Ph.D. Elective Track Courses ( In addition to above courses, students must also complete courses in one elective track )
Teaching Elective Track ( 12.0 credit hours )
Educational Psychology 3.0 credit hours
Curriculum Design 3.0 credit hours
Leadership: Assessment and Program Evaluation 3.0 credit hours
Advanced Seminar in Teaching Psychology
( Prerequisites: Theories of Learning and Motivation, Cross-Cultural Methods of Tests and Measurement, Educational Psychology, Curriculum Design and Leadership :Assessment and Program Evaluation )
3.0 credit hours
Research Elective Track ( 12.0 credit hours )
Advanced Experimental Design in Psychology 3.0 credit hours
Policy Analysis 3.0 credit hours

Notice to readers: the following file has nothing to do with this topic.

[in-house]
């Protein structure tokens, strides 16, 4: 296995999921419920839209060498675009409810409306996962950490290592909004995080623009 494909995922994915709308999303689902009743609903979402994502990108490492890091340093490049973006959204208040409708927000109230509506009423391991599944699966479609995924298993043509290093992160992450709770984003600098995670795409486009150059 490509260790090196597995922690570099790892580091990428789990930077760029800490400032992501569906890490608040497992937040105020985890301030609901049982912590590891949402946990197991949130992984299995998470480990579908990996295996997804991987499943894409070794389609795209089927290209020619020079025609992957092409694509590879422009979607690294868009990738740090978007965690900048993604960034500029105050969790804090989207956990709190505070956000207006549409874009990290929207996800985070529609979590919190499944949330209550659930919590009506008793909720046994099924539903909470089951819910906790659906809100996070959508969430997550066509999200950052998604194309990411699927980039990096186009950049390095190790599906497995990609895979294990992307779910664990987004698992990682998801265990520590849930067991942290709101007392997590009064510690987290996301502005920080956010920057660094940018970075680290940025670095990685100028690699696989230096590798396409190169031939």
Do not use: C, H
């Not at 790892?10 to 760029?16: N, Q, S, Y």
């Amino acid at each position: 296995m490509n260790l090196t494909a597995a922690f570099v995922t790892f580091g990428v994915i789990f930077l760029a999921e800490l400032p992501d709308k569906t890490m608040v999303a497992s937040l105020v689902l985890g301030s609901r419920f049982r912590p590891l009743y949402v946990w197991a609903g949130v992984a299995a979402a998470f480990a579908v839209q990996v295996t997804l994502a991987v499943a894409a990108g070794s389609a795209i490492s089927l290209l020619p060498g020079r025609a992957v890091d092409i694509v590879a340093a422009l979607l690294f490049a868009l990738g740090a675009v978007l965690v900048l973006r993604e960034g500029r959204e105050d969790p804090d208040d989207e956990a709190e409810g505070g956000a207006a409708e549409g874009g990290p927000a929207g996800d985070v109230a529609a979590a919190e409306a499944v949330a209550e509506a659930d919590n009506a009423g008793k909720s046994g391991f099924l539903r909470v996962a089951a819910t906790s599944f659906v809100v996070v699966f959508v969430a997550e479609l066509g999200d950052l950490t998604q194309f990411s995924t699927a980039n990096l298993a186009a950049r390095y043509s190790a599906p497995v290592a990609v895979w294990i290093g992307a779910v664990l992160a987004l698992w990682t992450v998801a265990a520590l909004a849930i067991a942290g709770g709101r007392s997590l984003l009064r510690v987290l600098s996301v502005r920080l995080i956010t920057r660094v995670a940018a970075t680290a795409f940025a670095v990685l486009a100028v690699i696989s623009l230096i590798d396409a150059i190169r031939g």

Psychometrics 3.0 credit hours
Program Evaluation ( project focused )
( Prerequisites: Quantitative Research I and II, Qualitative Research, Research Theory, Design, and Methods, Advanced Experimental Design in Psychology, Policy Analysis, and Psychometrics )
3.0 credit hours
Dissertation Courses ( 12.0 credit hours )
Students must be admitted to candidacy before enrolling in Dissertation Courses. Students must complete eight DSS900 courses.
Dissertation
( Dissertation is not scheduled with any other course )
1.5 credit hours

Residency

The Doctoral Program includes a stimulating and instructional residency requirement. Residency is a time for students to gather to strengthen and continue building community.